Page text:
Two Cheers for Growth Under Extractive Institutions

A blog about business and economics.
April 3 2012 1:05 PM

Two Cheers for Growth Under Extractive Institutions

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Enjoying inclusive institutions in Copenhagen, Denmark

Photograph courtesy Wikimedia Commons.

I've written about Why Nations Fail: The Origins of Power, Prosperity, and Poverty before and I think it's an amazing book that everyone should read and buy. That said, since finishing it, I do have a niggling concern.

The basic framework of the book is to lay out the relationship between economic institutions and political institutions. Some countries (Canada, Denmark, Japan) have "inclusive" political institutions and consequently develop "inclusive" economic institutions. When your economic institutions are inclusive, everyone gets a chance to go to school and learn, everyone has a chance to switch jobs or start a new business, and everyone has the opportunity to save and invest. But where countries have "extractive" political institutions they end up with "extractive" economic institutions. The president's wife's brother's son gets an exclusive license to import exercise machines (mostly used in hotel gyms since local people are too poor to use them) and earns a nice living do so free from competition. Eventually some eager beaver comes along and says, hey if this other guy is earning monopoly rents importing exercise machines then I'll just build some here domestically. But the eager beaver is naive. The exclusive import license isn't a coincidence, it reflects the president's wife's brother's son's privileged position in the political system. Smart hoteliers will know better than to buy from a competitor since it will only buy them regulatory trouble. Smart bankers will know that the new business is doomed and won't lend him money and even if it weren't doomed, lending him money would only buy them regulatory trouble. Eventually, the eager beaver's savvier wife will explain to him why the plan is doomed. Absent opportunity, human and physical capital stagnates and ambitious people focus their attention on climbing the ladder of corruption. Even if the President realizes that on some level he's running a counterproductively dysfunctional system, he knows that if he starts threatening the economic privileges of the people he counts on to support the regime that his own base will vanish.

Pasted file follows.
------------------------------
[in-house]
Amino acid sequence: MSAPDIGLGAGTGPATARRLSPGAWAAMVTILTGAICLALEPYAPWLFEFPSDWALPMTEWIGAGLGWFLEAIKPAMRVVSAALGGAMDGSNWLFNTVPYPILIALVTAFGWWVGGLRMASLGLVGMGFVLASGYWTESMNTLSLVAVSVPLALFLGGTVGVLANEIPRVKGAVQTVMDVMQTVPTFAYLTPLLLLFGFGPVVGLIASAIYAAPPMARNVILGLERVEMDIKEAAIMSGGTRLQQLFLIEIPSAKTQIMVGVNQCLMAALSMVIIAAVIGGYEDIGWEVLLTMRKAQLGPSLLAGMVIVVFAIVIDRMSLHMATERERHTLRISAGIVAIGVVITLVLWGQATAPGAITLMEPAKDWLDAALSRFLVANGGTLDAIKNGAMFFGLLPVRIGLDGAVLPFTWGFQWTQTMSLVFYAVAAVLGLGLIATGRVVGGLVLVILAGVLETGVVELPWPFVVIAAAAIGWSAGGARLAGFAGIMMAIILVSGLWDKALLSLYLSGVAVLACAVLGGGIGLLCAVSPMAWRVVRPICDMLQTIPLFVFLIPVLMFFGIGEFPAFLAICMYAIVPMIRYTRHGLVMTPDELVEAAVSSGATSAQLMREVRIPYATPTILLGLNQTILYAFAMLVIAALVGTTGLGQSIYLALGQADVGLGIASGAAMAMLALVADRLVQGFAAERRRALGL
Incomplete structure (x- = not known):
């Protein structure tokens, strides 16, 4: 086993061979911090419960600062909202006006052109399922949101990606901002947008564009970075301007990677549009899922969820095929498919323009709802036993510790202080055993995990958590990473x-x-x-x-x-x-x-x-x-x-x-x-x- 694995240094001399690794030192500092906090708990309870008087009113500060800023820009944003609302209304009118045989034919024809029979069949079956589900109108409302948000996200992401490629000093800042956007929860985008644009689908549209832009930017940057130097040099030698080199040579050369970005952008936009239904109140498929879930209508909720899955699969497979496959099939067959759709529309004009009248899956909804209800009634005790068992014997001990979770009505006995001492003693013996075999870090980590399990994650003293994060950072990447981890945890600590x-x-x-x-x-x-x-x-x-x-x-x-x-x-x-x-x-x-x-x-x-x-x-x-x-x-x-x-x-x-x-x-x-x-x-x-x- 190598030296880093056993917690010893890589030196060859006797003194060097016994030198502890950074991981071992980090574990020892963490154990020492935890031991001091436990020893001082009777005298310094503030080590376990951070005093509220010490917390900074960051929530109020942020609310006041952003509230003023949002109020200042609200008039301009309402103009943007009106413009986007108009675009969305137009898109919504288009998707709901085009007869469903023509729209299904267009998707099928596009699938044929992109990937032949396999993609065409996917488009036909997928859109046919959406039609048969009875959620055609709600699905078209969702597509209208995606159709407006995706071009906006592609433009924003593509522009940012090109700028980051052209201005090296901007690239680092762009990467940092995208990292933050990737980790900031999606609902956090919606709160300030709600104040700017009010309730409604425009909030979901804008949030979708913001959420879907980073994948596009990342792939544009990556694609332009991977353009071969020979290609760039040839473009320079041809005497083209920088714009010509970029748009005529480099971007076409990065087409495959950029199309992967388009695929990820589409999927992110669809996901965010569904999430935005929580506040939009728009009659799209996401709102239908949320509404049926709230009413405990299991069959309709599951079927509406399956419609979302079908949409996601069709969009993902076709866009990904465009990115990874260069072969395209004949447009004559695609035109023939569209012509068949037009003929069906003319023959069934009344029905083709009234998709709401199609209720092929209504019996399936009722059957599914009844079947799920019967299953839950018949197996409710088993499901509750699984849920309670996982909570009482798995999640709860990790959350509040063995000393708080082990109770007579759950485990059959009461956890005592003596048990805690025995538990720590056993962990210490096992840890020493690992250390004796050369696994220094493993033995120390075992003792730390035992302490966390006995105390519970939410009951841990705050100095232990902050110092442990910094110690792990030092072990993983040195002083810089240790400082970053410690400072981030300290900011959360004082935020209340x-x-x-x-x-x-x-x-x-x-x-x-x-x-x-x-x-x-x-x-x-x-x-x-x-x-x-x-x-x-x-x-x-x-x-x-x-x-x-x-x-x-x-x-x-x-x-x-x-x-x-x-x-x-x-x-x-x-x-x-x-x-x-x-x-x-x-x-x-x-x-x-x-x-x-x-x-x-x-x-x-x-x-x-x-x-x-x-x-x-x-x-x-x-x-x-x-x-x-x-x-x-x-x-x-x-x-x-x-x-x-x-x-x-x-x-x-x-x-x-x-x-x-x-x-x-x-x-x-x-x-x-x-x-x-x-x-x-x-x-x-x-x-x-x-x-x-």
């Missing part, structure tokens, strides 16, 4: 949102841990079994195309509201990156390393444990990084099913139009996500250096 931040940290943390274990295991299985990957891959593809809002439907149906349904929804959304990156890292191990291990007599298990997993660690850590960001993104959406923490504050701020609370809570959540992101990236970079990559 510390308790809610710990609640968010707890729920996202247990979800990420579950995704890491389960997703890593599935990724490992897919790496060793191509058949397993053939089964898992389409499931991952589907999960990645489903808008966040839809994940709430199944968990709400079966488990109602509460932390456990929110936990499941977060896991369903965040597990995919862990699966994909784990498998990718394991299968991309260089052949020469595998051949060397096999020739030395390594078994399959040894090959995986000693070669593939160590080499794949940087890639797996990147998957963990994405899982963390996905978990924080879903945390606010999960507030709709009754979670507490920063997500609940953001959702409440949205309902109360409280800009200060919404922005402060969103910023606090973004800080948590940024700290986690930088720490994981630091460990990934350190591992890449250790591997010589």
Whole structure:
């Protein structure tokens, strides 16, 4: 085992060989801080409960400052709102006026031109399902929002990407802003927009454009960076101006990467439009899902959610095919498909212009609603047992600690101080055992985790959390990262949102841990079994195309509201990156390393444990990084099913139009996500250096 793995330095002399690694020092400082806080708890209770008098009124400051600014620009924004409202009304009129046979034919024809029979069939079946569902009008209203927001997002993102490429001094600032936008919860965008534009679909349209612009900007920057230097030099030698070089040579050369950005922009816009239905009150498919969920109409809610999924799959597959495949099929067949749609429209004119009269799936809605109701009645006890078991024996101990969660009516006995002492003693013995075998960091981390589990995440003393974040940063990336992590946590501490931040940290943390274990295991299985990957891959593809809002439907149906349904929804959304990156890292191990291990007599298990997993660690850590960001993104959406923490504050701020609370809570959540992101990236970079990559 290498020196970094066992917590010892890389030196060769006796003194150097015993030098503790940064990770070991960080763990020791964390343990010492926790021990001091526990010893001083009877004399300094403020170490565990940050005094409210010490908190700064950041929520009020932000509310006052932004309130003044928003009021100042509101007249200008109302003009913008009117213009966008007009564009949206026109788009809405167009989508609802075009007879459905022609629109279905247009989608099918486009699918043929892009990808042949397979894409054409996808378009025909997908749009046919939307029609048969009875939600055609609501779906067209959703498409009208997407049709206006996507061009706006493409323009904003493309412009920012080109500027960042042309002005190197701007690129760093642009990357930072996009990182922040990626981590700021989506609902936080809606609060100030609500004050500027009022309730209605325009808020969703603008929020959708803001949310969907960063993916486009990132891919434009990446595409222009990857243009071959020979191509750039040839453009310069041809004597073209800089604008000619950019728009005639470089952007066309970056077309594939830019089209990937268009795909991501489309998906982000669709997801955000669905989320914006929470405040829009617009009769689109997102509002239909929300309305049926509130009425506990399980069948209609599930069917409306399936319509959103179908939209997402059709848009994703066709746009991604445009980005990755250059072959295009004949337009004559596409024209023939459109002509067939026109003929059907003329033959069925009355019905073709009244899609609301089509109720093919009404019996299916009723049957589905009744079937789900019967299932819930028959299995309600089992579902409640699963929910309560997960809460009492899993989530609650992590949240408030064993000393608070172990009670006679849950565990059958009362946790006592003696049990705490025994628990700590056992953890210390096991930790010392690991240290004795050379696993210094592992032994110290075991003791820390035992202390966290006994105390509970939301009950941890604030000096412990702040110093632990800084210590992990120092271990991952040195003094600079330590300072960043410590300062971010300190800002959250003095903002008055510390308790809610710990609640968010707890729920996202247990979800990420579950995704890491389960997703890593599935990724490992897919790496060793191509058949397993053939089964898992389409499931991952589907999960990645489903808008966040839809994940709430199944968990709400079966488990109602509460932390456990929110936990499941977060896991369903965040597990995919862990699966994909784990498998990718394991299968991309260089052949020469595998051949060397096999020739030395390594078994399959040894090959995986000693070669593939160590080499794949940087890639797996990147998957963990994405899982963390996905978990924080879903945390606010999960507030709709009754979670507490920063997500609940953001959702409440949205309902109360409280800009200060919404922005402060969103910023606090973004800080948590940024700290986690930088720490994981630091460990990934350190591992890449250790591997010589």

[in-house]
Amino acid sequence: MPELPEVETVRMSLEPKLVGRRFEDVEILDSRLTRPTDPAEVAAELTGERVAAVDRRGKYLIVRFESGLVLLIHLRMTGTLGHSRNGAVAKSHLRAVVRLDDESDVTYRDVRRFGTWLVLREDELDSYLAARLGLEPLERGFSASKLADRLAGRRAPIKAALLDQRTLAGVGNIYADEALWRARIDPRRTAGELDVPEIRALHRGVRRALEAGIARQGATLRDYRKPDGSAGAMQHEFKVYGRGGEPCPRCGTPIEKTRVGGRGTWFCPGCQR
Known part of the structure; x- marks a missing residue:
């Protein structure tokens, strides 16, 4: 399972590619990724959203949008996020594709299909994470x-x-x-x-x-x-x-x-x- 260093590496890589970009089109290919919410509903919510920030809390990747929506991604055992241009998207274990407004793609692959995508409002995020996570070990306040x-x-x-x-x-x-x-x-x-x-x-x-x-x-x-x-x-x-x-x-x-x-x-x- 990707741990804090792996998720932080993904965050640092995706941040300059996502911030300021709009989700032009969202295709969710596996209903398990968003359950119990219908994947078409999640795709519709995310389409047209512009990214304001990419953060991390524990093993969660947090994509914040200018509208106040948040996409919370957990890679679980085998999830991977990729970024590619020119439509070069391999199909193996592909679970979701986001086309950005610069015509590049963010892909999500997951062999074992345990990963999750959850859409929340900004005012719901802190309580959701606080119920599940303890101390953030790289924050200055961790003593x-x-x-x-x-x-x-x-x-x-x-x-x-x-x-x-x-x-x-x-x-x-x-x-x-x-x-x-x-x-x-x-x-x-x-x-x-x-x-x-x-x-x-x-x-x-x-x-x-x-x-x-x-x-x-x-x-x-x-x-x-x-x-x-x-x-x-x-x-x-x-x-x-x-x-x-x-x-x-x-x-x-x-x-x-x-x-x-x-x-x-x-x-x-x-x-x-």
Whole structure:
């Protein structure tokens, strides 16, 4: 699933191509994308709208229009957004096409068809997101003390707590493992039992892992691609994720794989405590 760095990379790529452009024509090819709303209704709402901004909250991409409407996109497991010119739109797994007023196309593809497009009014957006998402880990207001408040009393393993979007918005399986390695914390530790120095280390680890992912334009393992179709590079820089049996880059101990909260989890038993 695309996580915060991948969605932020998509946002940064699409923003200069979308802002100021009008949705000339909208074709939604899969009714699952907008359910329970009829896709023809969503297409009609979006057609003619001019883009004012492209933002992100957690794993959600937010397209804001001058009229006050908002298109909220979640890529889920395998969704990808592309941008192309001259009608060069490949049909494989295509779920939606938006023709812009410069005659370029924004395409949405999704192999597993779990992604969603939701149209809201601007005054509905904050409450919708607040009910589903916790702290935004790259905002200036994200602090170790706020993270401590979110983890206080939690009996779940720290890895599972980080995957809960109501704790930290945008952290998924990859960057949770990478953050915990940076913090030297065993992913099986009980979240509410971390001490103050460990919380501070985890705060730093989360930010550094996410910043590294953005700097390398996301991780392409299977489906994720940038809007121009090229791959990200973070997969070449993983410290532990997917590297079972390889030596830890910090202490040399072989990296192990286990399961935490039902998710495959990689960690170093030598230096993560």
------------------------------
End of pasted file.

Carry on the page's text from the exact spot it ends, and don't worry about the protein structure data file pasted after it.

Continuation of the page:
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So that's the story. To get rich you need to either land on a bunch of oil (Qatar) or else have the kind of inclusive institutions that allow for "creative destruction" and widespread opportunity. They don't deny that countries with extractive institutions (the Soviet Union in the 1950s, China in the 2000s) can grow rapidly, but this kind of extractive growth isn't sustainable.

I don't disagree with any of that, but I have some qualms with the idea that this properly defines the difference between the nations that are failing and the ones that aren't. As detailed in the book, Colombia doesn't have good institutions and this helps explain why its GDP per capita is $10,000 while Sweden's is $40,000. On the other hand, Colombia's $10,000 is way better than Syria's $5,000 or Yemen's $2,500 or Ethiopia's $1,000. Huge numbers of people live in countries like China, India, Indonesia, Pakistan, and Bangladesh that are poorer than Colombia. Is the question of "why nations fail" really best described as why Colombia isn't more like Denmark than why Pakistan isn't more like Colombia? People have done a lot of conceptual work with the distinction between catch-up growth (applying modern technology to nonmodernized societies) and frontier growth (pushing the boundaries of innovation forward) often in a rhetorical register that seems designed to downplay catch-up growth. But catch-up growth alone—in other words, a well-executed program of growth under extractive institutions—would massively ameliorate most of the world's most severe problems. It would also reduce the perceived labor market threat to working classes in rich countries and create much larger markets for sophisticated products and thus bolster innovation.

Matthew Yglesias is the executive editor of Vox and author of The Rent Is Too Damn High.

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